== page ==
During a PBS interview on the Charlie Rose Show the great composer, arranger, and producer Quincy Jones spoke eloquently about his studies in Paris after World War II with the legendary music teacher Nadia Boulanger. As a jazz musician, working with the assumption of improvisation and the freedom it implies, he was struck forcibly by her insistence on the value—the creative value—of structure and boundaries as stimuli in the making of art. And Jones came to agree with her: whether the constraint was the 3-minute duration of the standard 10-inch 78 rpm record or the 12-bar structure of traditional blues form, these boundaries served the artist who used them well. The more restrictions you have, the freer you become,” Jones said, or words to that effect. In that regard we can recall what John Keats, one of its most devoted servants, said about the strictures of sonnet form: that he discovered therein “not chains but wings.

I can’t imagine any digital artist speaking that way about the VDT, perhaps because as a container for creativity it doesn’t offer anywhere near the challenge that sonnet form or 12-bar blues does. Up till today, looking at digital art largely means squinting at stuff on the equivalent of small- to medium-sized television sets. Imagine, for comparison’s sake, if photography for the last century and a half had found itself viable only in the form of the daguerreotype, and only in the standard 19th-century sizes for that medium’s plates. Surely that would eventually—if not quickly—have reduced photography’s audience. The same holds true, I’d contend, for digital art. We can anticipate a major surge in the audience and market for work in this form once it’s liberated from the pixellated prison of the now-standard computer monitor or screen.

Let us turn next to the issue of the bugginess of just about all the software that anyone uses in doing any digital art project. In late 2001 Bill Gates made headlines in the trade publications by pledging Microsoft to the production of less defective software. I can’t imagine any other industry in the world in which it would be newsworthy—on a cover-story level—for a leading manufacturer to declare that his company’s product should be “trustworthy” and “reliable.”4 In what other realm would Gates’s announced determination to vend goods that merely work dependably merit media attention, praise for speaking “the language of leadership,” and the adjective “ambitious”?

In any other industry, untrustworthy and unreliable goods get called what they are: lemons, junk, shoddy and inferior merchandise. Somehow, in computer software, we tolerate a level of defect and a frequency of failure that would have us up in arms if we encountered it in our telephone systems, our cars, our CDs and stereos—and especially in our typewriters and cameras and trombones and toe shoes and stage lights and amplifiers and all the other tools we employ to produce art.

For decades now, the software industry has forced consumers—including digital artists and photographers—into paying for the privilege of serving as its beta testers. They’ve even got their own software piracy police force out there right now, in hot pursuit of anyone with the temerity to refuse to pay for the error-ridden programs Gates and others belatedly acknowledge they’ve been foisting off on us for all these years. They have yet to apologize for this—or for the incomprehensibility of their documentation, the appalling quality of their tech support, or their ridiculous no-return-once-it’s-opened policies.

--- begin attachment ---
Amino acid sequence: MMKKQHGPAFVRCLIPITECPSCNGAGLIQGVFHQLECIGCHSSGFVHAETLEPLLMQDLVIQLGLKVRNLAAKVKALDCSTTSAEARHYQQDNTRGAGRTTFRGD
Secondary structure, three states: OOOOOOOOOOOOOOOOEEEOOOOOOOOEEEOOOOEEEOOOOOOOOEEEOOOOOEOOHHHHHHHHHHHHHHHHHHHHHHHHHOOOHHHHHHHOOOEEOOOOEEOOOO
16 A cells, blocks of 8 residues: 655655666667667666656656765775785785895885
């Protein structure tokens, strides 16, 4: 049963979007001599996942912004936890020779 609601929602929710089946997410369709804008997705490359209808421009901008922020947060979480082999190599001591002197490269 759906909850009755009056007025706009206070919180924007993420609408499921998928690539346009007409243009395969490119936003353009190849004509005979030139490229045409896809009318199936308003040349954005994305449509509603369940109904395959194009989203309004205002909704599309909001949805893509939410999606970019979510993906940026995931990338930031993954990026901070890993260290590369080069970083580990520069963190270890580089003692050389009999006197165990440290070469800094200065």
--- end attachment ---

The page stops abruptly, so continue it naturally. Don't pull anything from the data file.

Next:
As for the “rigorous industry standards” one trade magazine refers to—just exactly what are those? No software I’ve ever installed comes up to even the minimum requirements of the “Software Bill of Rights” proposed at www.amrresearch.com. I’ll believe Gates’s promise—and the assumption that this signals some tectonic shift—when I see results. And I’m not holding my breath.

What this industry needs isn’t high-minded internal memos on code quality from Bill Gates. It’s some whopping settlements in some major class-action suits against them for false advertising and deceptive business practices, and victories for the plaintiffs in some substantial individual suits for damages. Hit ’em where it hurts: make it unprofitable for them all to put their bug-riddled, conflict-prone, endlessly patched, frequently crashing programs on the market.

Bringing back the pillory for the worst off enders wouldn’t hurt, either. Gates himself is a prime candidate for the stocks; given Microsoft’s market share, no company has put more bad code on the market. And for all of Gates’s vaunted business savvy, it’s not even good business—customer relations entirely aside—for them to have done so. In his book Software Engineering: A Practitioner’s Approach, author Roger Pressman shows that for every dollar spent to resolve a problem during product design, $10 would be spent on the same problem during development, and that would multiply to $100 or more if the problem had to be solved after release. Meanwhile, statistically speaking, one out of every ten lines of programming code is incorrectly written at birth. And the most efficient systems in place for quality control right now reduce that to only one faulty code line in every hundred.